The Agenda

Mourning the Demise of the DLC

Count me among those saddened by the demise of the Democratic Leadership Council, as reported by Politico. The DLC did a lot of great work on welfare reform, education reform, and especially entitlement reform. Jonathan Chait has a different view:

It’s hard to remember, but the whole rise of the progressive netroots was organized around opposition to the DLC, which liberals saw as Satan incarnate. Bill Clinton was an early member, and the DLC helped frame his presidential candidacy.

I always had mixed feelings about the group. I think it was about half innovative effort to counterbalance traditional Democratic interest groups, and half naked effort to suck up to corporate America and/or give contentless messaging cover to red state Democrats.

But for the main part, the DLC disappeared because its work was over. The remaking of the Democratic Party begun by Clinton held in place. The DLC floundered because it had nowhere else to go — having moved the party to the center, it could only advocate for the party is it stood in the Clinton and post-Clinton era, or advocate that it move further still toward the center. It became an anachronism.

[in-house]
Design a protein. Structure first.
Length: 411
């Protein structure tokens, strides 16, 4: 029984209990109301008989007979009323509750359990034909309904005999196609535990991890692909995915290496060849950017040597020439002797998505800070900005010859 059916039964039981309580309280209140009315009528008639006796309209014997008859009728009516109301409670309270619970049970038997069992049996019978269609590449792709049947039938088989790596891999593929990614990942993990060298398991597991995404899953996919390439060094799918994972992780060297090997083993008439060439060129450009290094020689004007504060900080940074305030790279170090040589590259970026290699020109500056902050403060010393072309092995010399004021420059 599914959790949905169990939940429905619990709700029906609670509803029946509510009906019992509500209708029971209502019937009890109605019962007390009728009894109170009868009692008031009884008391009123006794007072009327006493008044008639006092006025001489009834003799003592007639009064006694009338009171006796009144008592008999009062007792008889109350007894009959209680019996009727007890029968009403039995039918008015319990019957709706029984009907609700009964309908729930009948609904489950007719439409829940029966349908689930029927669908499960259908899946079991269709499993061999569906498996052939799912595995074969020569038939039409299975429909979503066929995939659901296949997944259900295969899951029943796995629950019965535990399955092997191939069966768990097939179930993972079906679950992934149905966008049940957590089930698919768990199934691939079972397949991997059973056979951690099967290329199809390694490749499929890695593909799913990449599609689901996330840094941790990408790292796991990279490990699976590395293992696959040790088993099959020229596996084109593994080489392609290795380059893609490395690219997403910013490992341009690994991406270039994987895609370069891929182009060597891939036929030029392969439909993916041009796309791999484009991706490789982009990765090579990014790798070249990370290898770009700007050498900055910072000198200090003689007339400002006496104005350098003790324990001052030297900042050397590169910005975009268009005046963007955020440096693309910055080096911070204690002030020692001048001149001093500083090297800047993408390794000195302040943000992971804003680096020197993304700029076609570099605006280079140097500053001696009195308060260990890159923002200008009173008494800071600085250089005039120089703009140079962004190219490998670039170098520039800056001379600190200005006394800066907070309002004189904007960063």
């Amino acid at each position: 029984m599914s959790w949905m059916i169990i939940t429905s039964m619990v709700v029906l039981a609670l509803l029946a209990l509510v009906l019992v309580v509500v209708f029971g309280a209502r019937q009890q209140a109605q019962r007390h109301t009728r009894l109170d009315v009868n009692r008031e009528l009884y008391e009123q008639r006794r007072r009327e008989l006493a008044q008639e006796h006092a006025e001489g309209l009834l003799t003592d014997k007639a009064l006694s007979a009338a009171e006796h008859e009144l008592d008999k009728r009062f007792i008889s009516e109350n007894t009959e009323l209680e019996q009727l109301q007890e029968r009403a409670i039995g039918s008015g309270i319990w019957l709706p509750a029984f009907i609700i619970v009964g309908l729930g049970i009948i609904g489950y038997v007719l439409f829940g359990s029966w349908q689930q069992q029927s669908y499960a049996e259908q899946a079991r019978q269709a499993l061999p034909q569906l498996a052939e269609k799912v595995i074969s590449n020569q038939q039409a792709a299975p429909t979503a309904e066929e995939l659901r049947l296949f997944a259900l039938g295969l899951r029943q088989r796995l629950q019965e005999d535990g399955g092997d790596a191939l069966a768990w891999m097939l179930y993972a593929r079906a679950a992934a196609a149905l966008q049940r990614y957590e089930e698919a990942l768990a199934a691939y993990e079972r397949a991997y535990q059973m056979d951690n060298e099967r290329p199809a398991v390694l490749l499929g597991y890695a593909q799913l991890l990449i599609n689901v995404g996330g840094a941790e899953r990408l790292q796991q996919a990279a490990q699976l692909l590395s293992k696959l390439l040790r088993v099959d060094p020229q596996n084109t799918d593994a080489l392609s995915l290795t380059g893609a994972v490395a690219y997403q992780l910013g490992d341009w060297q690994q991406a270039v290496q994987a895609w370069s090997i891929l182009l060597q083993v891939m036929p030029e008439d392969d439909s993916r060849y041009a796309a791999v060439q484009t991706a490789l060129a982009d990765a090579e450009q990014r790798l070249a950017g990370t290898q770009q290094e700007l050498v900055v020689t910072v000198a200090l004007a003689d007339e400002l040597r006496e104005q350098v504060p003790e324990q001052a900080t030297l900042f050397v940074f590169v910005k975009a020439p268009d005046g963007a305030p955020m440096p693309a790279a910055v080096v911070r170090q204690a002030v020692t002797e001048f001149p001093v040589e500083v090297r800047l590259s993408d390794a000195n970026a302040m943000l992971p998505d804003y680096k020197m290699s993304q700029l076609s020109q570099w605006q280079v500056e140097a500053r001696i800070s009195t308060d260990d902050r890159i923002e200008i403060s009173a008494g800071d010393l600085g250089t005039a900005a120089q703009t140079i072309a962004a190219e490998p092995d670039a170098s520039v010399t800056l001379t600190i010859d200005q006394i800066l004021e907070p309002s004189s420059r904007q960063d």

While, to me, the Democratic Party appears to have shifted leftward from the Clinton days, I do think that the tension between hard-core welfare-state liberalism and centrist technocracy remains alive among Democrats, as the inverse tension does among Republicans. But institutions matter, and I hope that the Progressive Policy Institute and other related organizations can continue to foster the work of those on the center-left who seek a fiscally sustainable, modernized, and efficient welfare state. They contribute much to the debate, even if I may still disagree with them much of the time.

Avik RoyMr. Roy, the president of the Foundation for Research on Equal Opportunity, is a former policy adviser to Mitt Romney, Rick Perry, and Marco Rubio.


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